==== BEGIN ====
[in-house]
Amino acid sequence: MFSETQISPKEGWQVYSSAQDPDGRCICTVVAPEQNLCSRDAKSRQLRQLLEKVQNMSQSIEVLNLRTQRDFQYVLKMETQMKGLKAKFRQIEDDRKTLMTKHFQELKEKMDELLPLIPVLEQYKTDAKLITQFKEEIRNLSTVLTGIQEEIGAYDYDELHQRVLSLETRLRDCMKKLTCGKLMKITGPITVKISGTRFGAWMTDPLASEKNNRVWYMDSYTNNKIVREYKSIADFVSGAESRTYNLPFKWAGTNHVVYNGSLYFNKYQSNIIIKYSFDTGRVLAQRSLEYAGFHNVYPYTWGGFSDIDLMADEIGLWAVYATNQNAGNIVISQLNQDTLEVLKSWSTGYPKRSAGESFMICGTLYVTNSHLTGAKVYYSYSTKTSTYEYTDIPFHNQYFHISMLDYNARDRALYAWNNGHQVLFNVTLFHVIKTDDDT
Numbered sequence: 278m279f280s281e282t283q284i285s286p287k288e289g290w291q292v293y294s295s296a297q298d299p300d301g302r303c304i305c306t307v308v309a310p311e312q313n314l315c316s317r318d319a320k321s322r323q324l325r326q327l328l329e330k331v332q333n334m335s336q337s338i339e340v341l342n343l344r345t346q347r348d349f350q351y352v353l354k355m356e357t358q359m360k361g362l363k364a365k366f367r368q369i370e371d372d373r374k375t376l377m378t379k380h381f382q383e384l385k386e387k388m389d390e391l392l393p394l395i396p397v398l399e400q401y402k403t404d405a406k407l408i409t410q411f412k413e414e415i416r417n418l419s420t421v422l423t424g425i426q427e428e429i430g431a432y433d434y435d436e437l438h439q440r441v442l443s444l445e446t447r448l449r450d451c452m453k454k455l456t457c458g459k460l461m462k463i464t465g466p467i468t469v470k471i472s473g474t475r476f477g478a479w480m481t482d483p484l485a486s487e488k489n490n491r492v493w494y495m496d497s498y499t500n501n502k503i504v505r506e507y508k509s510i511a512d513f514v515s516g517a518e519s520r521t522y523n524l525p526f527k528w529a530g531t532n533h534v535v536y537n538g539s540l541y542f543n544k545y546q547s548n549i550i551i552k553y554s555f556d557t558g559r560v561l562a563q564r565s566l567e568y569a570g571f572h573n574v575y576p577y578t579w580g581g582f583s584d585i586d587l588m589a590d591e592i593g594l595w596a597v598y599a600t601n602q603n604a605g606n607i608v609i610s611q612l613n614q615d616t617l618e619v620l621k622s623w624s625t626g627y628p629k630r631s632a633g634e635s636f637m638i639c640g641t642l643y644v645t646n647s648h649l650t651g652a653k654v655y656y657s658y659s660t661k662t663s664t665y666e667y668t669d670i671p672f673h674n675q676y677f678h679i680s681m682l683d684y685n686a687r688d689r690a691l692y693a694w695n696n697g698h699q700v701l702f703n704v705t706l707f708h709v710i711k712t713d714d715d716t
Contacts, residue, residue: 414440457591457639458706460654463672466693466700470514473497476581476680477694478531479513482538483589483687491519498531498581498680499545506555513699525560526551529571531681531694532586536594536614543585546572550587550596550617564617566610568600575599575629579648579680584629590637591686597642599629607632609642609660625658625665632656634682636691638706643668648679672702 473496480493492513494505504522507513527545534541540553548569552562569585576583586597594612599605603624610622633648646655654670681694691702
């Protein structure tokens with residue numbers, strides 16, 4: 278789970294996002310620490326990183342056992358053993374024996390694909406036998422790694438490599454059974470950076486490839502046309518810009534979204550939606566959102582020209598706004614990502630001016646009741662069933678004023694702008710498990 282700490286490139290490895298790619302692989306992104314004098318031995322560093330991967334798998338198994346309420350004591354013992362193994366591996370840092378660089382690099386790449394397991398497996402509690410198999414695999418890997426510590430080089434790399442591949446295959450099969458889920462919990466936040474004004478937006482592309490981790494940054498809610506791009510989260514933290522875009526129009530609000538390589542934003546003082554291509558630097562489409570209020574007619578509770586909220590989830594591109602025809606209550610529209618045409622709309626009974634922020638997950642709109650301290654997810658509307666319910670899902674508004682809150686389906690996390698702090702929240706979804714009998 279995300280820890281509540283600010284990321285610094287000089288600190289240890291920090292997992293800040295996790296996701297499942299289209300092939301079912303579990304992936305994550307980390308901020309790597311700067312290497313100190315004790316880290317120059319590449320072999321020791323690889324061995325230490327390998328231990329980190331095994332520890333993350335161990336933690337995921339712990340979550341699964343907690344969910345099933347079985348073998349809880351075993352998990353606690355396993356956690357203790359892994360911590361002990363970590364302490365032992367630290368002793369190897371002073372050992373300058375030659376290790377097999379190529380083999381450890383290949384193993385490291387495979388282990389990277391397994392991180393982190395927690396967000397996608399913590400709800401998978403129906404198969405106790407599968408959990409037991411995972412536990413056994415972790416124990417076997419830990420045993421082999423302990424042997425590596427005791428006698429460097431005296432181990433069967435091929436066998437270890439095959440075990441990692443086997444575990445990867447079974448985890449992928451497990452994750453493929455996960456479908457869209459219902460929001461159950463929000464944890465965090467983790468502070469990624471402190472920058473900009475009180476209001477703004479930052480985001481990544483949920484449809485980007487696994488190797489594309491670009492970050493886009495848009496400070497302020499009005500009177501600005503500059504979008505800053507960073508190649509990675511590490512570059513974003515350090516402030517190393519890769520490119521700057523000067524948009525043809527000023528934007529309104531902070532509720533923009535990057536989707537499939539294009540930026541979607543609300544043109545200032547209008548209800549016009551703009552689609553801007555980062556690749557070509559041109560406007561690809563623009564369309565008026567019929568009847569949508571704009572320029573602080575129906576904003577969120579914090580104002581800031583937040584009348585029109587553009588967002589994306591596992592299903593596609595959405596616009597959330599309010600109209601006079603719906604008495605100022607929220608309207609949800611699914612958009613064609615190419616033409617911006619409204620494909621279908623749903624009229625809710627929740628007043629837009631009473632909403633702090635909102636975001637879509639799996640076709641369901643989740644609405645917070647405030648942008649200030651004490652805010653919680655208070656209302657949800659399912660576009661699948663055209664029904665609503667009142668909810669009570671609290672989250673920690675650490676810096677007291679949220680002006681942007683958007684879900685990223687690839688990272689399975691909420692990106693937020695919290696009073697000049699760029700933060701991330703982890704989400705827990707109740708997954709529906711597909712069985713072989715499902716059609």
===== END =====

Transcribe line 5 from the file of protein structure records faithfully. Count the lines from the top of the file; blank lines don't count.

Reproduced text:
């Protein structure tokens with residue numbers, strides 16, 4: 278789970294996002310620490326990183342056992358053993374024996390694909406036998422790694438490599454059974470950076486490839502046309518810009534979204550939606566959102582020209598706004614990502630001016646009741662069933678004023694702008710498990 282700490286490139290490895298790619302692989306992104314004098318031995322560093330991967334798998338198994346309420350004591354013992362193994366591996370840092378660089382690099386790449394397991398497996402509690410198999414695999418890997426510590430080089434790399442591949446295959450099969458889920462919990466936040474004004478937006482592309490981790494940054498809610506791009510989260514933290522875009526129009530609000538390589542934003546003082554291509558630097562489409570209020574007619578509770586909220590989830594591109602025809606209550610529209618045409622709309626009974634922020638997950642709109650301290654997810658509307666319910670899902674508004682809150686389906690996390698702090702929240706979804714009998 279995300280820890281509540283600010284990321285610094287000089288600190289240890291920090292997992293800040295996790296996701297499942299289209300092939301079912303579990304992936305994550307980390308901020309790597311700067312290497313100190315004790316880290317120059319590449320072999321020791323690889324061995325230490327390998328231990329980190331095994332520890333993350335161990336933690337995921339712990340979550341699964343907690344969910345099933347079985348073998349809880351075993352998990353606690355396993356956690357203790359892994360911590361002990363970590364302490365032992367630290368002793369190897371002073372050992373300058375030659376290790377097999379190529380083999381450890383290949384193993385490291387495979388282990389990277391397994392991180393982190395927690396967000397996608399913590400709800401998978403129906404198969405106790407599968408959990409037991411995972412536990413056994415972790416124990417076997419830990420045993421082999423302990424042997425590596427005791428006698429460097431005296432181990433069967435091929436066998437270890439095959440075990441990692443086997444575990445990867447079974448985890449992928451497990452994750453493929455996960456479908457869209459219902460929001461159950463929000464944890465965090467983790468502070469990624471402190472920058473900009475009180476209001477703004479930052480985001481990544483949920484449809485980007487696994488190797489594309491670009492970050493886009495848009496400070497302020499009005500009177501600005503500059504979008505800053507960073508190649509990675511590490512570059513974003515350090516402030517190393519890769520490119521700057523000067524948009525043809527000023528934007529309104531902070532509720533923009535990057536989707537499939539294009540930026541979607543609300544043109545200032547209008548209800549016009551703009552689609553801007555980062556690749557070509559041109560406007561690809563623009564369309565008026567019929568009847569949508571704009572320029573602080575129906576904003577969120579914090580104002581800031583937040584009348585029109587553009588967002589994306591596992592299903593596609595959405596616009597959330599309010600109209601006079603719906604008495605100022607929220608309207609949800611699914612958009613064609615190419616033409617911006619409204620494909621279908623749903624009229625809710627929740628007043629837009631009473632909403633702090635909102636975001637879509639799996640076709641369901643989740644609405645917070647405030648942008649200030651004490652805010653919680655208070656209302657949800659399912660576009661699948663055209664029904665609503667009142668909810669009570671609290672989250673920690675650490676810096677007291679949220680002006681942007683958007684879900685990223687690839688990272689399975691909420692990106693937020695919290696009073697000049699760029700933060701991330703982890704989400705827990707109740708997954709529906711597909712069985713072989715499902716059609």